This book is about the UN and is really a fairly detailed assessment of its successes and failings over the course of the last 60 years. The successes etc are illustrated by reverence to examples and so the book is not a history of the UN but focuses on specific incidents.

Overall it is quite interesting but I do think it assumes a certain amount of background knowledge regarding the incidents refers to as there is often only a brief description of those incidents. I liked the author's use of different chapters to explain different themes. i.e there was a chapter on human rights, another on the North/South economic divide and how the UN approaches problems stemming from that etc.

The book is good but I think Mr Kennedy's other books are better .....the Rise and Fall of the Great Powers for example.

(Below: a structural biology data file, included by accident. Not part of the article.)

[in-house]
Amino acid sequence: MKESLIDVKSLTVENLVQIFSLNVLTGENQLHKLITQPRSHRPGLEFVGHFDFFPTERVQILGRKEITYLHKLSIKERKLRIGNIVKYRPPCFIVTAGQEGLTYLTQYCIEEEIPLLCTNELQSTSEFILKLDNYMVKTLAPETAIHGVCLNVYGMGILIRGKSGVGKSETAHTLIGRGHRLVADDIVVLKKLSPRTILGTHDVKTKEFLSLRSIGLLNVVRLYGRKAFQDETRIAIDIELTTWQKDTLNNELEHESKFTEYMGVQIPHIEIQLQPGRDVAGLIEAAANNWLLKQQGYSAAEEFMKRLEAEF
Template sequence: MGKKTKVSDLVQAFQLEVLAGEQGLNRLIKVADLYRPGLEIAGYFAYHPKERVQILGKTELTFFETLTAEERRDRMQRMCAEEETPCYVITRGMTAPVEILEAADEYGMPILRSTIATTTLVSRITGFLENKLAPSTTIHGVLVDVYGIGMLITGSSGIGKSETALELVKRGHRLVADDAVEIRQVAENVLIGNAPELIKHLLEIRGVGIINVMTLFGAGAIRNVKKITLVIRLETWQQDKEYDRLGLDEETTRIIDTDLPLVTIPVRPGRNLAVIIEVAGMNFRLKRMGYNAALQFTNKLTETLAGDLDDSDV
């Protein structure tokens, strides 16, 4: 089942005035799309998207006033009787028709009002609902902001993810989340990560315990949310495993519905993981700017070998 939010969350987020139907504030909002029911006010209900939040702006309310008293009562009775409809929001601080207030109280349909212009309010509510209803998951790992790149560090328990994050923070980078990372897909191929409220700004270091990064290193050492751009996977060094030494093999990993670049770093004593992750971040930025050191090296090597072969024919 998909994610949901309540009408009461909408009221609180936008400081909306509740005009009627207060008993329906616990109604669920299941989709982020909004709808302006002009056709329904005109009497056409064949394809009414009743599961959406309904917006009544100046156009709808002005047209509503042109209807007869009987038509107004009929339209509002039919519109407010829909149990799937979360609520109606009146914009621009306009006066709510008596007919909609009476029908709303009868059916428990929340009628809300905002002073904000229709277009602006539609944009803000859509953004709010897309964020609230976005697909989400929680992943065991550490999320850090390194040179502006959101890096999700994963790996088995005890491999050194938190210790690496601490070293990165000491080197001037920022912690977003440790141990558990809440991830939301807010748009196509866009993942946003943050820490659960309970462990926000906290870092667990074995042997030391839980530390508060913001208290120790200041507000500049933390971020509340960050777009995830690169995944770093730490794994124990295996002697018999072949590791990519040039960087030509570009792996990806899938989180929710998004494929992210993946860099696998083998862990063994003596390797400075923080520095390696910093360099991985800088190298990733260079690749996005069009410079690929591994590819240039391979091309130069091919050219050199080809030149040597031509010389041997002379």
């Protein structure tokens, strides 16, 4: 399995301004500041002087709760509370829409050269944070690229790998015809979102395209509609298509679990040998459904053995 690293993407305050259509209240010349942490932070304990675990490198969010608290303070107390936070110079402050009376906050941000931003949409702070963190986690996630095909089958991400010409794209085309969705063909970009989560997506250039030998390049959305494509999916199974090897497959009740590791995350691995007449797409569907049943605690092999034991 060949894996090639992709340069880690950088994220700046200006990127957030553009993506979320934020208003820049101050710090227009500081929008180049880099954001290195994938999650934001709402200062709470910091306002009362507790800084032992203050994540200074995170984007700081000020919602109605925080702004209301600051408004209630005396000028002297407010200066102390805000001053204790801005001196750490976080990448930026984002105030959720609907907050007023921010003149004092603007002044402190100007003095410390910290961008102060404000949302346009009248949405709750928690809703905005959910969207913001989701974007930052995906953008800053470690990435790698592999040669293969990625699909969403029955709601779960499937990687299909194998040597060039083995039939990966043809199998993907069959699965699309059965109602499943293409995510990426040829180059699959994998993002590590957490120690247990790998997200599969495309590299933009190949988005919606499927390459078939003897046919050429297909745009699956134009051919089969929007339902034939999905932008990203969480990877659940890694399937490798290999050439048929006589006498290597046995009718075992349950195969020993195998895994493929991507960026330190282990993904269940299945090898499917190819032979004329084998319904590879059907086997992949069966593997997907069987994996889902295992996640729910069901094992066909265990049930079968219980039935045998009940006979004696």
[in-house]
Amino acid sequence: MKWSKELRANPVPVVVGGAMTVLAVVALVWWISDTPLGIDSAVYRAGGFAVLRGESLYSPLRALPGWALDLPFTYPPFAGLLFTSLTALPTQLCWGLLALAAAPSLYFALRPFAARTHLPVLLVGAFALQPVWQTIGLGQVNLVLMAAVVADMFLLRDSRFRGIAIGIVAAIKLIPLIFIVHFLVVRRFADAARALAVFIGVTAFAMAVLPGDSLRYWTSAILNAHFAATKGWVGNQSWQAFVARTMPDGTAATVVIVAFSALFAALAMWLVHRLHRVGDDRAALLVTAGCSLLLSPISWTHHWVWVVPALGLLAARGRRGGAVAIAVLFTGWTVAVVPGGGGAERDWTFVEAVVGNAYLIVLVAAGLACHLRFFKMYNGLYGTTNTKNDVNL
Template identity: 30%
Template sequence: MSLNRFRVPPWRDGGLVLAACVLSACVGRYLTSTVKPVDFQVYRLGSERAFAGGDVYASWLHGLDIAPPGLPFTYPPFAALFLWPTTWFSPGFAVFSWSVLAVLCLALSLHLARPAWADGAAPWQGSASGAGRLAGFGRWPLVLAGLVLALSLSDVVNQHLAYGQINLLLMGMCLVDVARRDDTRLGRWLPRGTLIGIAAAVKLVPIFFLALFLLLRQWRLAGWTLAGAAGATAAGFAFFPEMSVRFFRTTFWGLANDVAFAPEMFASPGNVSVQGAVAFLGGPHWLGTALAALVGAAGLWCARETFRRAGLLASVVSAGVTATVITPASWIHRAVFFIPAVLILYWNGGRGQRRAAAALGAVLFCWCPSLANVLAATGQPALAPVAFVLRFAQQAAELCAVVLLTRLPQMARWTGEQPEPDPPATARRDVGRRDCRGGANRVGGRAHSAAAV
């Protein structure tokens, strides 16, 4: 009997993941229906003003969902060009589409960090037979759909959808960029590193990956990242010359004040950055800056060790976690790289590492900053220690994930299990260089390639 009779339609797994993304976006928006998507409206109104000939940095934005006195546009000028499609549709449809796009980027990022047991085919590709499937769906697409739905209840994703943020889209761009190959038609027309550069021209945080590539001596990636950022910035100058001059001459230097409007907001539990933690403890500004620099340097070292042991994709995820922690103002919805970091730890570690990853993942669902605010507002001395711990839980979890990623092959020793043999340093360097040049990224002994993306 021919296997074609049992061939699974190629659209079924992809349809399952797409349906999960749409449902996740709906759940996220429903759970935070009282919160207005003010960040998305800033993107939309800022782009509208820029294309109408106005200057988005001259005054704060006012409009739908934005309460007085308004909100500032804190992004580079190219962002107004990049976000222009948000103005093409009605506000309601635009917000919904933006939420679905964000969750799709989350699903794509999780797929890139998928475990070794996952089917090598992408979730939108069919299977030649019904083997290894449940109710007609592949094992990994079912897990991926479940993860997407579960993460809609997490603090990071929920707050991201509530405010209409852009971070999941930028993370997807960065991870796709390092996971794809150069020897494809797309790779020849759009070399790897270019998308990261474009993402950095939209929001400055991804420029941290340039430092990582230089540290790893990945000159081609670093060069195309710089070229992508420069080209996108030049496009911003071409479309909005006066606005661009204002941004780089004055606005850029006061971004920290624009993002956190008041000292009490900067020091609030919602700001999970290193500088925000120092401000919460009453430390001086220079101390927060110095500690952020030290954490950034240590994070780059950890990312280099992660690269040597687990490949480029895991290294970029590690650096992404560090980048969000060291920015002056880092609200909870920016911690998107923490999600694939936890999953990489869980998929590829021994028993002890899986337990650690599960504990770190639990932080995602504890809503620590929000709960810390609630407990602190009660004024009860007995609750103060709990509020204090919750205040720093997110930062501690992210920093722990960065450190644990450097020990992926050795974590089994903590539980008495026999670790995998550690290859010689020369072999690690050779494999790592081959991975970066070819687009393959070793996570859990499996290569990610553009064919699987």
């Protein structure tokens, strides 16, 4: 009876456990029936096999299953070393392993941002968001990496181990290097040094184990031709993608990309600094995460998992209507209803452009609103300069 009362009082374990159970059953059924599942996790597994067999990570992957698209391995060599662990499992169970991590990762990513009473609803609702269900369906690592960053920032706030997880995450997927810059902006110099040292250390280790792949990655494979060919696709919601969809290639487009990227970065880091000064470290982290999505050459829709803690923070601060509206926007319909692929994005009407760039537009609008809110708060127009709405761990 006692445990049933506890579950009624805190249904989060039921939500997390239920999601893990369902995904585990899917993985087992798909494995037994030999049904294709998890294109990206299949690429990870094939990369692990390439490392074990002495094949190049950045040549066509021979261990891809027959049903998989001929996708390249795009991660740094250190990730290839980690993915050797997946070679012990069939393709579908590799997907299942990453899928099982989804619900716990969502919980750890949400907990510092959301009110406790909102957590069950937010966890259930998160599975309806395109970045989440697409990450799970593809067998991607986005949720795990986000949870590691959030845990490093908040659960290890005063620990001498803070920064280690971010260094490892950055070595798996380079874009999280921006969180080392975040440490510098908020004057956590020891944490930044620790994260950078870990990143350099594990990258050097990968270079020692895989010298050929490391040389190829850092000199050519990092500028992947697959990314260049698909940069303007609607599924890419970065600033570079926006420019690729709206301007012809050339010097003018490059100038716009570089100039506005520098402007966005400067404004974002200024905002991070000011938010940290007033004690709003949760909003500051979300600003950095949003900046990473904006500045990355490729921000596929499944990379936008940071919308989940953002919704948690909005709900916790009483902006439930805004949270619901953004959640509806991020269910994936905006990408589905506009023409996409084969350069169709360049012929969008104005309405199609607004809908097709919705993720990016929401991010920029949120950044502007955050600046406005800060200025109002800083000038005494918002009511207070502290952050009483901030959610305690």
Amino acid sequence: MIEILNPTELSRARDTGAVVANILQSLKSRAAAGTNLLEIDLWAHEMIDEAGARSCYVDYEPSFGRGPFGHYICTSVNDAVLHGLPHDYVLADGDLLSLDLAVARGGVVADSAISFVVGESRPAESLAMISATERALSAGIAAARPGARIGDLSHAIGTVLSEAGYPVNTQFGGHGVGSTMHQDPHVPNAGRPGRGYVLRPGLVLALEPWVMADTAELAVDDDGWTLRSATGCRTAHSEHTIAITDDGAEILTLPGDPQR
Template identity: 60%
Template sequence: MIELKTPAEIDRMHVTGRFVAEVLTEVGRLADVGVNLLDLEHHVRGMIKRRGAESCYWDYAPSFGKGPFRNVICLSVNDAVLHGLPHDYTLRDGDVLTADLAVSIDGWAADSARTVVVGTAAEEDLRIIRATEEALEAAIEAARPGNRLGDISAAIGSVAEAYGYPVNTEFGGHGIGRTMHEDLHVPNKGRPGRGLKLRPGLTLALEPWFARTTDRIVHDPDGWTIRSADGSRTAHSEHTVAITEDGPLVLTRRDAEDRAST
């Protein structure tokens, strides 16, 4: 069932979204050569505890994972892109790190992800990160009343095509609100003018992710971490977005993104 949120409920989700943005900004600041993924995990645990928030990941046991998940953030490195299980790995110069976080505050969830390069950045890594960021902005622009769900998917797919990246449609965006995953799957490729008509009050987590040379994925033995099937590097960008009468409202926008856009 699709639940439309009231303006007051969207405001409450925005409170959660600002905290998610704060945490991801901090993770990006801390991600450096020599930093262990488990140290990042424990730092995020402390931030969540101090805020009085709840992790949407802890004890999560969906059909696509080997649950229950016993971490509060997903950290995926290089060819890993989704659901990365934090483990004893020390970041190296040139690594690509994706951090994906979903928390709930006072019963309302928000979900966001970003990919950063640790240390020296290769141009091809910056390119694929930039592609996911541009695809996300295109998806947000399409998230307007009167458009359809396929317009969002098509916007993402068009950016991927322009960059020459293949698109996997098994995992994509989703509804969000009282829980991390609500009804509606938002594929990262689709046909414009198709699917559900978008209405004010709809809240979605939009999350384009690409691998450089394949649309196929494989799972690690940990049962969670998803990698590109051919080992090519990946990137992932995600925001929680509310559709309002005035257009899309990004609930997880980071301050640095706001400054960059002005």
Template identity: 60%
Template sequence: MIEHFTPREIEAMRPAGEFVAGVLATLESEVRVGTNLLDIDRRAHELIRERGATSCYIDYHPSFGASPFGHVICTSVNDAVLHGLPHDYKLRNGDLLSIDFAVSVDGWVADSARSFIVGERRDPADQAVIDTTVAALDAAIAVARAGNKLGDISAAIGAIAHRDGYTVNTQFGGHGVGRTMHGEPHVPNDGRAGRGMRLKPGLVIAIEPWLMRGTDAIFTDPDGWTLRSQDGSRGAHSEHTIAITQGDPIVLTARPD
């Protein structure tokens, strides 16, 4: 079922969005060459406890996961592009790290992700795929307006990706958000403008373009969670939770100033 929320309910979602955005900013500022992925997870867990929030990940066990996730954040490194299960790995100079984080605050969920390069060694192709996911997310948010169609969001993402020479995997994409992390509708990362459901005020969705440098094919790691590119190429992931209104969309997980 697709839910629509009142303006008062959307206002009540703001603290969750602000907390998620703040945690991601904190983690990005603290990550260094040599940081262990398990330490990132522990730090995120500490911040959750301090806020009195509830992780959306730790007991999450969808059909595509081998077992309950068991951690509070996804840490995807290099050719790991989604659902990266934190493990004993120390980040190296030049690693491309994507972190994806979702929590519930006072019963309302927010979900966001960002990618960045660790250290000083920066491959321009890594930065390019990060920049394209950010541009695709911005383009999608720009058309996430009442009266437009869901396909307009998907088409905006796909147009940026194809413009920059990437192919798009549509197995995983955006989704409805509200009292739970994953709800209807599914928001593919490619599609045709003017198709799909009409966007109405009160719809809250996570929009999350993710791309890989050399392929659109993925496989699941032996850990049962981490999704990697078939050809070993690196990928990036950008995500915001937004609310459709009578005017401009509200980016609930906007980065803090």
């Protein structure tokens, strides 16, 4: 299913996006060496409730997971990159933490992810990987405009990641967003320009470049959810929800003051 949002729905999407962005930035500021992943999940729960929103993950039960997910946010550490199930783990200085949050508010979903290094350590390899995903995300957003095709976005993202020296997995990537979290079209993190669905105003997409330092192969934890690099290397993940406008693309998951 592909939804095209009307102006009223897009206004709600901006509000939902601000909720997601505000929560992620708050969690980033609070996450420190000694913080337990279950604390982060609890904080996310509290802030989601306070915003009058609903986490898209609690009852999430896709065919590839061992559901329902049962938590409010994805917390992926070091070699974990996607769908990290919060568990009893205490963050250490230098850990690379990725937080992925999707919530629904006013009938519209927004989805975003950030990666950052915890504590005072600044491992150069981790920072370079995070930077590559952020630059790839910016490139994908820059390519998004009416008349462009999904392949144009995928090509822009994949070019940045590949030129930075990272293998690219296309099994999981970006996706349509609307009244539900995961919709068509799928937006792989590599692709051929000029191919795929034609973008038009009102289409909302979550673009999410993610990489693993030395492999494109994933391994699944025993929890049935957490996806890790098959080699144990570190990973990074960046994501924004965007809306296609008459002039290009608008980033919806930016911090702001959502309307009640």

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0 of 2 people found the following review helpful
4.0 out of 5 stars good 6 Dec 2012
Format:Paperback|Verified Purchase
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Amazon.com: 5.0 out of 5 stars  1 review
5.0 out of 5 stars helpful book 30 Jun 2012
By elias - Published on Amazon.com
Format:Kindle Edition|Verified Purchase
The first part is a little boring for an international relations student, as it provides basic info on the UN and the world context in which it was created. But you know nothing or very little about this matters then it's certainly interesting. The second part of the book is made up of 7 or 8 chapters, each chapter focuses on a particular subject relevant to the UN. For instance there's one focused on the security council, another one focuses on the role of NGO's, the relationship between breton woods institutions and the NU, etc.
Each chapter is very enlightening, the author rises interesting questions about the way the UN works and its decision making processes, the author questions the legitimacy of the security council while describing very clearly the goals achieved and the challenges that remain for the UN.
Its a great book.